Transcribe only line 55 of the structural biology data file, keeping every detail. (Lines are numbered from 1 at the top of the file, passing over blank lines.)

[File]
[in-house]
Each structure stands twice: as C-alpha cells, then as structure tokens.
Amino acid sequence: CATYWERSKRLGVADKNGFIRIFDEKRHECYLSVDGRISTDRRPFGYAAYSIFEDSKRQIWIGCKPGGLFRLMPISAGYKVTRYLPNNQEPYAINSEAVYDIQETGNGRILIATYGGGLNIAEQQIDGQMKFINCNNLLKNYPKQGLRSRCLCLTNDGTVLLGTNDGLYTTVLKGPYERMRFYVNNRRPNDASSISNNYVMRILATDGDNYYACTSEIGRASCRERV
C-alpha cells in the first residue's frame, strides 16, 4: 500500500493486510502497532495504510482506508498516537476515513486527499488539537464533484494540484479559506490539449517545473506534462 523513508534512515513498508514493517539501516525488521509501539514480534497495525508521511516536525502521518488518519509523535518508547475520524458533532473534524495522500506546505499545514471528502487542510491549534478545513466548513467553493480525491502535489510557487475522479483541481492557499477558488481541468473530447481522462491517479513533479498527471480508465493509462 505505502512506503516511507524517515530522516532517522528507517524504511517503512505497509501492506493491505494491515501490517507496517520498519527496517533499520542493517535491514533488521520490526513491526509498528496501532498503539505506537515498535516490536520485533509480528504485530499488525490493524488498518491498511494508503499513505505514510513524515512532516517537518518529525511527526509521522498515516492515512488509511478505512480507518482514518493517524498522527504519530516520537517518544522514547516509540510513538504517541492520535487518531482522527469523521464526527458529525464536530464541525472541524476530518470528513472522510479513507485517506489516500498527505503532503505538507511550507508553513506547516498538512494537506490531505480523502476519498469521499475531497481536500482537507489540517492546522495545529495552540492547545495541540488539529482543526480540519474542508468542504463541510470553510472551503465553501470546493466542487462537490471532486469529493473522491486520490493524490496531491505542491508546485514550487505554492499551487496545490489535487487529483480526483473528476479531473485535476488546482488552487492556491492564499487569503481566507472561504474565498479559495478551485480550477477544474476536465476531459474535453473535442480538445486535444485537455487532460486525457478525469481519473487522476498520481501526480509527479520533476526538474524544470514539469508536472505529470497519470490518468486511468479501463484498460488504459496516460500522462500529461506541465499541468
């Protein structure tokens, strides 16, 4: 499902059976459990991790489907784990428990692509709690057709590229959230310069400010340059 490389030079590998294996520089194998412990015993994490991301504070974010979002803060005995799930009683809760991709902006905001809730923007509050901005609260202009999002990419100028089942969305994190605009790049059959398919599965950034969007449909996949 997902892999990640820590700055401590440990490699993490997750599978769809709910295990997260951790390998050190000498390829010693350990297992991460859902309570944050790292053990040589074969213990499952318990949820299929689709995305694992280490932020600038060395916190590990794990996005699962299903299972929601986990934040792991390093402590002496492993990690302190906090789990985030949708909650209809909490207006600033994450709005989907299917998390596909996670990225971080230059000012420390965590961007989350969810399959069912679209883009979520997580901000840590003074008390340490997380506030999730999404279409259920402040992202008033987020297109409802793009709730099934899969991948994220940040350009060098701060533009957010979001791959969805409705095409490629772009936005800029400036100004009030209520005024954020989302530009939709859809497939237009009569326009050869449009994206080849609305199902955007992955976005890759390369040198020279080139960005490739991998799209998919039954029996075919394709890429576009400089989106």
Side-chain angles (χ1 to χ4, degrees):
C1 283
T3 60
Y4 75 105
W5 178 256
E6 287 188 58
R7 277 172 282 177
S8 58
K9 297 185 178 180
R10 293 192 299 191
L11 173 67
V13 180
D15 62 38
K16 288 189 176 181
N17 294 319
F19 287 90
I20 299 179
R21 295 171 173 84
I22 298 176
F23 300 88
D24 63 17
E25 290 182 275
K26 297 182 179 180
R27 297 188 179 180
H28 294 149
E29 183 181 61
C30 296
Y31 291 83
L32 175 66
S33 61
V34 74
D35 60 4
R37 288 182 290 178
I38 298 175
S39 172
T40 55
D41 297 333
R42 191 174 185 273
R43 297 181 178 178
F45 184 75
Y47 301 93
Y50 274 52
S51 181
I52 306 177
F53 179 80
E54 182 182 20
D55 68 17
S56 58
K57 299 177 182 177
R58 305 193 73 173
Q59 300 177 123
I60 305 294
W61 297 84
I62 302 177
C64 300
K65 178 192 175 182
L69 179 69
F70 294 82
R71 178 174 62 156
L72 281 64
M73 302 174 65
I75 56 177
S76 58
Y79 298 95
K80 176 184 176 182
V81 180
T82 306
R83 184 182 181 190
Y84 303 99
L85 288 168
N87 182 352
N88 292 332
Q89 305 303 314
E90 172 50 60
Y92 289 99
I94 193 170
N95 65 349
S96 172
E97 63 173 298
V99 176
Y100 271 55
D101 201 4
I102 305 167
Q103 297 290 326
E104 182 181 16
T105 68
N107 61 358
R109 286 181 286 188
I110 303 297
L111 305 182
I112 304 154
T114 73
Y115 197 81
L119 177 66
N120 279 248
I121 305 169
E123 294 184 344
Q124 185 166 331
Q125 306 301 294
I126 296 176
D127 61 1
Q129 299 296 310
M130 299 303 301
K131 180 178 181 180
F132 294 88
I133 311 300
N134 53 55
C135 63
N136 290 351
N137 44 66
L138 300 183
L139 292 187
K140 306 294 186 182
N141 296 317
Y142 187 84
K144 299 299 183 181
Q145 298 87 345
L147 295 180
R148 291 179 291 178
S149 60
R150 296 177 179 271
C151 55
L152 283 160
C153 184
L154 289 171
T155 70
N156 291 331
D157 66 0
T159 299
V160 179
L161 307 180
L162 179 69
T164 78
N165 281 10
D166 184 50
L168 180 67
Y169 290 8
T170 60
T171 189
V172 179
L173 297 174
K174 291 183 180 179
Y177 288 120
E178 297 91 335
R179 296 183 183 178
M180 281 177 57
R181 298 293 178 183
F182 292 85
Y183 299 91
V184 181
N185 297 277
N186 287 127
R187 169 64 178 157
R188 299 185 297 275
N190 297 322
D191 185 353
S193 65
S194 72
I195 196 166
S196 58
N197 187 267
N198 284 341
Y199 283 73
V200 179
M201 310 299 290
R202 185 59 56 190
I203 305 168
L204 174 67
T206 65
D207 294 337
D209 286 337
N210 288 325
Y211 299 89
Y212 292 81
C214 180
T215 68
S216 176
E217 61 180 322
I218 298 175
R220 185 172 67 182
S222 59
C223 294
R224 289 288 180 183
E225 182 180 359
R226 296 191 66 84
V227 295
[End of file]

R58 305 193 73 173